By Lynn Adler
NEW YORK, Oct 24 (RLPC) - Prospect Capital Corp
With nearly $5 billion in assets and seven distinct origination tactics, compared with most other much smaller BDCs that concentrate on sponsor-driven private equity deals, Prospect's winners are overshadowing the laggards.
Two of them - structured credit featuring collateralized loan obligations (CLOs) and financial services buyouts - now represent about one-quarter of portfolio assets and are pulling in high double-digit yields.
"It's nice to have these Clydesdales pulling the wagon," Grier Eliasek, Prospect Capital Corp's president and chief operating officer, told Thomson Reuters LPC in an interview at Prospect's New York office.
Clydesdales are "handsome, weighty and powerful, but with a gaiety of carriage and outlook, so that the impression is given of quality and weight, rather than grossness and bulk," says the Clydesdale Horse Society.
The other buckets are private equity sponsored deals, direct lending, real estate, operating business buyouts and syndicated debt investing.
The sponsor business is one pressure source. "It is a good business, but probably down a couple hundred basis points over the last 18 months and maybe it will keep marching downward in spread," said Eliasek.
"Our assets yield in the 13.5 percent range, which is several hundred basis points above our peers, and that's precisely because we are in other origination strategies relative to others," he added.
Scale gives Prospect access to deals and controls that may elude competitors. Its market capitalization tops $3 billion. "This is a $30 billion industry and we have 10 percent of it," said Eliasek. "We can hold larger transaction sizes. A $200 million deal? No problem."
BDCs are also among alternative funding sources expected to gather steam if regulations lead banks to pull back.
Prospect doubled its assets in 2012 and has grown by about 30 percent this year. The portfolio houses more than 120 private middle market companies in a wide range of industries such as financial services, chemicals, electronics, food and healthcare.
"We try not to redline industries," Eliasek said.
With direct lending, often to family-owned companies, Prospect said it is the only BDC maintaining a call center. The center reaches out to intermediaries, such as business brokers, regional accounting firms and estate lawyers, to generate deals.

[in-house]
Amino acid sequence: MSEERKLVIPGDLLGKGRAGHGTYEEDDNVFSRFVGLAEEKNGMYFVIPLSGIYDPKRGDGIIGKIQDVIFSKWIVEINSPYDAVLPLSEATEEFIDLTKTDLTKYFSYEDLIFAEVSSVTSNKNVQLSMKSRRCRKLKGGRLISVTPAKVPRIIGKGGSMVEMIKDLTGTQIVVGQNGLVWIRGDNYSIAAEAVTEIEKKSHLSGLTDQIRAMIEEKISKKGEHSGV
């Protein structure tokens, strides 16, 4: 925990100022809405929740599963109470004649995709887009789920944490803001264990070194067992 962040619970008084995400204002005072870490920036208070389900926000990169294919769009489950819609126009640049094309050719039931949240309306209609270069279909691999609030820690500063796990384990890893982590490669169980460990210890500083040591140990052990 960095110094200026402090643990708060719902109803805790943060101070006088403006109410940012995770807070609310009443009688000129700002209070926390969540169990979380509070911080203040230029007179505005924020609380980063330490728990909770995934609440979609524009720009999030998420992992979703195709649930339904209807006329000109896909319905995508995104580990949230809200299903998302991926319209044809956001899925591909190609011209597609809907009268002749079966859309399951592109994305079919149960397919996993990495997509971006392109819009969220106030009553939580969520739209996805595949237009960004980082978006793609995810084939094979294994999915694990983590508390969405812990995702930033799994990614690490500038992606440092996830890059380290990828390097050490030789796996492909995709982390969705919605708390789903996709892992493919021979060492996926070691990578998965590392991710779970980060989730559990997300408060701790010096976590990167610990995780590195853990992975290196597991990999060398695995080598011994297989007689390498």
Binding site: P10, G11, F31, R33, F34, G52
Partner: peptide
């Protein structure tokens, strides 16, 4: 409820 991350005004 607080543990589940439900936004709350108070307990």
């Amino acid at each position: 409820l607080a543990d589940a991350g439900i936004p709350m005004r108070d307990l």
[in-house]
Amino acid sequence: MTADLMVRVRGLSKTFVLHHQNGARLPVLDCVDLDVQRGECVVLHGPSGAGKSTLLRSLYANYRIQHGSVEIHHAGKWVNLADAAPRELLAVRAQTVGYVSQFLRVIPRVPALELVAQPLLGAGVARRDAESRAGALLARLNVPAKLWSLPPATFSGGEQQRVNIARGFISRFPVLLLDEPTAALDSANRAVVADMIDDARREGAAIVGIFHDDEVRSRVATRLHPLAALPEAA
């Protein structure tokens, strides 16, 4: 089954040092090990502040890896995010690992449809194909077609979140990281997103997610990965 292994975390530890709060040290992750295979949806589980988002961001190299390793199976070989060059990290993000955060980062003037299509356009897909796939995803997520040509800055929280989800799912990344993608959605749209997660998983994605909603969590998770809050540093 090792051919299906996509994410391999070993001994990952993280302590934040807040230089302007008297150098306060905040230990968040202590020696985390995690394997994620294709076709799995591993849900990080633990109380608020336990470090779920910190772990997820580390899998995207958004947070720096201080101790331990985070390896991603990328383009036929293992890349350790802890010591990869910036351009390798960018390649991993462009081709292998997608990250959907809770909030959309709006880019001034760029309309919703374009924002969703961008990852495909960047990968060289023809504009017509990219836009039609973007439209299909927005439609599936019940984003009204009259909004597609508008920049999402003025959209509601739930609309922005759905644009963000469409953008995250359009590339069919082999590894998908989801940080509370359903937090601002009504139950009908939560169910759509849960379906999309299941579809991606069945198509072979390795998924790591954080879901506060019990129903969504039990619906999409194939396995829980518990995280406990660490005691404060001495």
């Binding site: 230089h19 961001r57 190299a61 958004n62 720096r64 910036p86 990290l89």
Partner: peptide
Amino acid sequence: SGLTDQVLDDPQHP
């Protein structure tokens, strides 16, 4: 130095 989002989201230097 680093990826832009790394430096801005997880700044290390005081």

As a CLO investor, Prospect partners with about a dozen collateral managers to create what he calls "clean baskets from inception." Prospect seeks a controlling equity stake, giving it power to call the deal and redeploy assets.
Among Prospect's 2013 deals: a $70 million secured term loan to support the recapitalization of Cinedigm Digital Cinema Corp
Prospect keeps the same team on each deal from start to exit to minimize risks.
"My mother taught me that if I made a mess I had to clean it up," Eliasek said. "Being responsible for cleaning up the mess is a powerful disincentive for creating future messes."
Prospect has gone six years without a new loan experiencing non-accrual, meaning going 60 days without a borrower payment.
Registered with the Securities and Exchange Commission and publicly traded under the symbol PSEC , Prospect also has diverse capital access.
Investors are about 30 percent institutional and 70 percent retail.
Prospect is the only BDC with a medium-term note program, for just-in-time funding, Eliasek said. Weekly issues mature in three to 30 years, depending on need and interest rates.
Prospect regularly issues stock, of which $30 million to $40 million trades daily; tapped the market in March for $250 million 5.875 percent senior unsecured bonds due 2023 and has a $650 million revolver backed by 20 banks.
Almost 90 percent of Prospect's assets are floating-rate, while 93 percent of its liabilities are fixed as of the end of June. The vast majority of portfolio investments are secured first- and second-lien loans.
"If we go through another 2008-2009 dislocation, we'll have all these assets continuing to generate cash flow that's available to pay bondholders and our equity investors," Elisek said. "That's quite different from others who capitalize themselves by putting all of their assets encumbered by one bank group and then unsecured holders behind them and equity behind them."
Investment grade corporate ratings are BBB by S&P and BBB+ by Kroll. Moody's rates the credit facility Aa3.
National Securities, citing the relatively high-yielding secured portfolio and low mix of non-accruals, on October 21 wrote "the Street's been asleep at the wheel on this stock - buy shares at current levels before it wakes up."
(Editing By Jon Methven)